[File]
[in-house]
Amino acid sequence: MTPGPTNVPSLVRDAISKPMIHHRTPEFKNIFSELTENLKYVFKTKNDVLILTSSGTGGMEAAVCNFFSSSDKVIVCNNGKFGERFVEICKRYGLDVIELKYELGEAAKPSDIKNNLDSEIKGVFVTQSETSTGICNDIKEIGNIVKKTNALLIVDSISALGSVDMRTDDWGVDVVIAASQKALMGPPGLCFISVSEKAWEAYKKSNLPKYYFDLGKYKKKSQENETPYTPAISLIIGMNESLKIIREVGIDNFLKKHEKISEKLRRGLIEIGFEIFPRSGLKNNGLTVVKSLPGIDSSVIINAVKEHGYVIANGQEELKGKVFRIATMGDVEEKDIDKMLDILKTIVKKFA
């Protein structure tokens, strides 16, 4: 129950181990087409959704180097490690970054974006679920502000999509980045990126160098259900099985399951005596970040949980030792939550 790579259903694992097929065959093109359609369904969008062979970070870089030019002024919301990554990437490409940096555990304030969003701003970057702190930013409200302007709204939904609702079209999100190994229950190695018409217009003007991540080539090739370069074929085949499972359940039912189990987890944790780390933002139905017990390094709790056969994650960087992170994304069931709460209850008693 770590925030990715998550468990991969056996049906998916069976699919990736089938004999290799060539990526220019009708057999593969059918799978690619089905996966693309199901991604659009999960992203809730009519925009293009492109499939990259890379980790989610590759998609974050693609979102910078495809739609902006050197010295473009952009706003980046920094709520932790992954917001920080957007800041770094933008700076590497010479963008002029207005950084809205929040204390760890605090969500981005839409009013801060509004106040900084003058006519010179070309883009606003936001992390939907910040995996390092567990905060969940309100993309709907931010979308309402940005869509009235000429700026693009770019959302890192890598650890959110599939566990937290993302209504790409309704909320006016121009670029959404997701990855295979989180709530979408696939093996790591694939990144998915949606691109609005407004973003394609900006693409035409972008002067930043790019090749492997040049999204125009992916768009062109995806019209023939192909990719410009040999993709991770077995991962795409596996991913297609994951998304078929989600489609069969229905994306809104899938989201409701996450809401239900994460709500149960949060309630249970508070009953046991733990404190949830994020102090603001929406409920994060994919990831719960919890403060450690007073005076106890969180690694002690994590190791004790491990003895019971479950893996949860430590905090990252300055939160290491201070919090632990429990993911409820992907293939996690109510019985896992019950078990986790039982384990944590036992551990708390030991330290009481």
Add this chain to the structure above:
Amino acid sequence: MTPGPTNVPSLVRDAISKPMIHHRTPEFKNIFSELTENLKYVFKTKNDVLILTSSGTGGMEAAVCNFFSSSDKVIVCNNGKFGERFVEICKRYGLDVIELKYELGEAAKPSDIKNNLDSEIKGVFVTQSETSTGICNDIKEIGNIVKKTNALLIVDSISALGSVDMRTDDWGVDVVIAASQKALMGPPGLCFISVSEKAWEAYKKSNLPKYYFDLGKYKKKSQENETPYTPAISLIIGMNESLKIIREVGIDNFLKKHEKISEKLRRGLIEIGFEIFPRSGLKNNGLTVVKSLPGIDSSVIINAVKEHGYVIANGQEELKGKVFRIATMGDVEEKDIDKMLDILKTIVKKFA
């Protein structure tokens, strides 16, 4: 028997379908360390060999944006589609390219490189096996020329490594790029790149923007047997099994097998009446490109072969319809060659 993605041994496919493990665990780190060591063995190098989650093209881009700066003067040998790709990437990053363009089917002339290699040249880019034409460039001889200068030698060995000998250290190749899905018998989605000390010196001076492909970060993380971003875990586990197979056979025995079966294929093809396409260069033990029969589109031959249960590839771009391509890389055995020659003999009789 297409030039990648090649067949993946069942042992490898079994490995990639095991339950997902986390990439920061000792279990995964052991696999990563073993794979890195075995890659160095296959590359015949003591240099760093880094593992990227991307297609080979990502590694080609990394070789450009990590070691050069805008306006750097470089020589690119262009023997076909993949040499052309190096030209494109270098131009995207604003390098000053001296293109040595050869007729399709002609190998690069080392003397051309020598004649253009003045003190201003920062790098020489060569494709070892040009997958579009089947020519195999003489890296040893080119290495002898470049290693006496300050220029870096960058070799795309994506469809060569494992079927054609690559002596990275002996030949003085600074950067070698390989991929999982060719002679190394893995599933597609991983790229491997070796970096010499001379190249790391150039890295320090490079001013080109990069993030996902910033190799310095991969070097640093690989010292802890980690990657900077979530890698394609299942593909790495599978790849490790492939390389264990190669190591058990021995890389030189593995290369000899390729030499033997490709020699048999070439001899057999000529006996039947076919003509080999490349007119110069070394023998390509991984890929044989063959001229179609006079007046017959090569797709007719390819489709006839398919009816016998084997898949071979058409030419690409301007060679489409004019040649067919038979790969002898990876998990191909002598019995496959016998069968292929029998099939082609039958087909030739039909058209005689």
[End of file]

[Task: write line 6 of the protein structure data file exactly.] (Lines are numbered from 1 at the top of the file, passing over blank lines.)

């Protein structure tokens, strides 16, 4: 028997379908360390060999944006589609390219490189096996020329490594790029790149923007047997099994097998009446490109072969319809060659 993605041994496919493990665990780190060591063995190098989650093209881009700066003067040998790709990437990053363009089917002339290699040249880019034409460039001889200068030698060995000998250290190749899905018998989605000390010196001076492909970060993380971003875990586990197979056979025995079966294929093809396409260069033990029969589109031959249960590839771009391509890389055995020659003999009789 297409030039990648090649067949993946069942042992490898079994490995990639095991339950997902986390990439920061000792279990995964052991696999990563073993794979890195075995890659160095296959590359015949003591240099760093880094593992990227991307297609080979990502590694080609990394070789450009990590070691050069805008306006750097470089020589690119262009023997076909993949040499052309190096030209494109270098131009995207604003390098000053001296293109040595050869007729399709002609190998690069080392003397051309020598004649253009003045003190201003920062790098020489060569494709070892040009997958579009089947020519195999003489890296040893080119290495002898470049290693006496300050220029870096960058070799795309994506469809060569494992079927054609690559002596990275002996030949003085600074950067070698390989991929999982060719002679190394893995599933597609991983790229491997070796970096010499001379190249790391150039890295320090490079001013080109990069993030996902910033190799310095991969070097640093690989010292802890980690990657900077979530890698394609299942593909790495599978790849490790492939390389264990190669190591058990021995890389030189593995290369000899390729030499033997490709020699048999070439001899057999000529006996039947076919003509080999490349007119110069070394023998390509991984890929044989063959001229179609006079007046017959090569797709007719390819489709006839398919009816016998084997898949071979058409030419690409301007060679489409004019040649067919038979790969002898990876998990191909002598019995496959016998069968292929029998099939082609039958087909030739039909058209005689």